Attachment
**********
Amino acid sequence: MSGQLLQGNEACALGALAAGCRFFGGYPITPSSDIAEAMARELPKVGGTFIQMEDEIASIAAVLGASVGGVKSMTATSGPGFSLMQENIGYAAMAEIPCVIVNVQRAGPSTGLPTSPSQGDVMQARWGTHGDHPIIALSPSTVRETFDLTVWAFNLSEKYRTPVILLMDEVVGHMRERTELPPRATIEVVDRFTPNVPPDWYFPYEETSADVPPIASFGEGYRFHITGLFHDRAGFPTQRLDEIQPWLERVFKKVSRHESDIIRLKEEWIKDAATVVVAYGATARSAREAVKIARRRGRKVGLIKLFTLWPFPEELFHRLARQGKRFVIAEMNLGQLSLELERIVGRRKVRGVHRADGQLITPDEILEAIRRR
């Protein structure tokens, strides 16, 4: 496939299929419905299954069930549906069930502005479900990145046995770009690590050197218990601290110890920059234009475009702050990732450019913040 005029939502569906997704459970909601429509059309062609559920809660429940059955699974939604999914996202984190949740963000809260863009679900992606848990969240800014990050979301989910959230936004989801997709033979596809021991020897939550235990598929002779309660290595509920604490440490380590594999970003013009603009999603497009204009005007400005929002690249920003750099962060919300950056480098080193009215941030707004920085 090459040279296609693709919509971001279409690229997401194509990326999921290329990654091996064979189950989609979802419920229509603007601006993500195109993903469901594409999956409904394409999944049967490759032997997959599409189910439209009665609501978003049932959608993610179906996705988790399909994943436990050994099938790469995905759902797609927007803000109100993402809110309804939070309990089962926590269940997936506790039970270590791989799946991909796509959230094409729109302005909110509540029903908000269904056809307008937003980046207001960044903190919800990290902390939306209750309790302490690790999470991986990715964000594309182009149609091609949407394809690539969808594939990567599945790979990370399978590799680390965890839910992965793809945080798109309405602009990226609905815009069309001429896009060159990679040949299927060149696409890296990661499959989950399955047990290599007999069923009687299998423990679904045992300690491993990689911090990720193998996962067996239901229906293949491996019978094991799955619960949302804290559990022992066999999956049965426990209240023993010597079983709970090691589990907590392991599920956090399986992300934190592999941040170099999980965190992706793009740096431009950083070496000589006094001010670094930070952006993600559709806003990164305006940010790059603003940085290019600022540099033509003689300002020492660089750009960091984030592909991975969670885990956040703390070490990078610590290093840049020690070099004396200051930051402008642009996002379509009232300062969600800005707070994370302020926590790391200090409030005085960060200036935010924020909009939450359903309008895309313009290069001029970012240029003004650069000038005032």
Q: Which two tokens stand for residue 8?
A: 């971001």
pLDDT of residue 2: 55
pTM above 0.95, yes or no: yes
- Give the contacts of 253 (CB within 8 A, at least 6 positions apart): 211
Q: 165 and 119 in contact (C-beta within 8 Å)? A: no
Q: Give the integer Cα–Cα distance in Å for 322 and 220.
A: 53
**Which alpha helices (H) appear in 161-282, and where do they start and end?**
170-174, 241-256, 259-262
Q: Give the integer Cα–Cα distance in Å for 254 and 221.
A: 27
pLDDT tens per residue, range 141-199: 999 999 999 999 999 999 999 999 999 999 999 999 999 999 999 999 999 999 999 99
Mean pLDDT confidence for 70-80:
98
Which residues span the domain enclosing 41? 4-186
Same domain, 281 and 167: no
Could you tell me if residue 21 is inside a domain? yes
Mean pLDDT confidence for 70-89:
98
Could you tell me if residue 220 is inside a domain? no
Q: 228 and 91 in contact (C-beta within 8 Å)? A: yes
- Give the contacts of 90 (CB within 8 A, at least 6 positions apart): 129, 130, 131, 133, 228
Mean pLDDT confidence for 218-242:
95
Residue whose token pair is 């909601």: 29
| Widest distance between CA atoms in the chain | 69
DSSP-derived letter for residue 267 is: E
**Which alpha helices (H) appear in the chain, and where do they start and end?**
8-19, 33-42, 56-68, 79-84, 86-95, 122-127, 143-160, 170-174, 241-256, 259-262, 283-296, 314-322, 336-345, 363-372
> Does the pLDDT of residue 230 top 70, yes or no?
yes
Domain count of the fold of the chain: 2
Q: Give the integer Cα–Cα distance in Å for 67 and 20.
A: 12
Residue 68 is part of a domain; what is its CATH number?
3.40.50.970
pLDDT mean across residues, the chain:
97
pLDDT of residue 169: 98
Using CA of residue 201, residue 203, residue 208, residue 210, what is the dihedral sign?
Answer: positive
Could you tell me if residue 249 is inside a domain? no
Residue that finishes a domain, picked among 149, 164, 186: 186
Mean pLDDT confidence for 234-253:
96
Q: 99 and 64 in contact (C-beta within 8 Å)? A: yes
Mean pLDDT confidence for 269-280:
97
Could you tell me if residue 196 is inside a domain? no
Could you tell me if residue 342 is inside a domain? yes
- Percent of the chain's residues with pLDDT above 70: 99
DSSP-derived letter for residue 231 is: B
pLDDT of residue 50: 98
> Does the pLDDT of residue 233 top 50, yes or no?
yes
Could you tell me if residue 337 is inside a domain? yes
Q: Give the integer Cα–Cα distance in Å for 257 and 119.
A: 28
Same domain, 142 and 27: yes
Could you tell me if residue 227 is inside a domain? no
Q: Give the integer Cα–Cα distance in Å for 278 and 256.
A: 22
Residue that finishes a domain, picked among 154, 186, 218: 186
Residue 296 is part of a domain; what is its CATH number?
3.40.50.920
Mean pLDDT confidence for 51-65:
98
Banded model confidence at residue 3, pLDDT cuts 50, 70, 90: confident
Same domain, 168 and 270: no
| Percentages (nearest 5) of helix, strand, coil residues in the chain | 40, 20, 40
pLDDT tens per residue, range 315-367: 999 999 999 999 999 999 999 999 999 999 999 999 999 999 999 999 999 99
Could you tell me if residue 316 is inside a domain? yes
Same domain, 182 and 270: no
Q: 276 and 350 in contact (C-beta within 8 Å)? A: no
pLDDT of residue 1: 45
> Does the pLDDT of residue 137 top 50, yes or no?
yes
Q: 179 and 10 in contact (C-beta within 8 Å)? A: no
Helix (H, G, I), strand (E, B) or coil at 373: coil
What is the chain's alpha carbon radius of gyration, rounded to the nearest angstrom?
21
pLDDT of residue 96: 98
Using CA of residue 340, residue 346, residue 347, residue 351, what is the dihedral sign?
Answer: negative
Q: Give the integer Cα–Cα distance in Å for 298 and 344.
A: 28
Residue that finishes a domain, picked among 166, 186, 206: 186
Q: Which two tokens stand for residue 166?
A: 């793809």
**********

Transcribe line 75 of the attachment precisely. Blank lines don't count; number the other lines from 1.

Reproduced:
Could you tell me if residue 316 is inside a domain? yes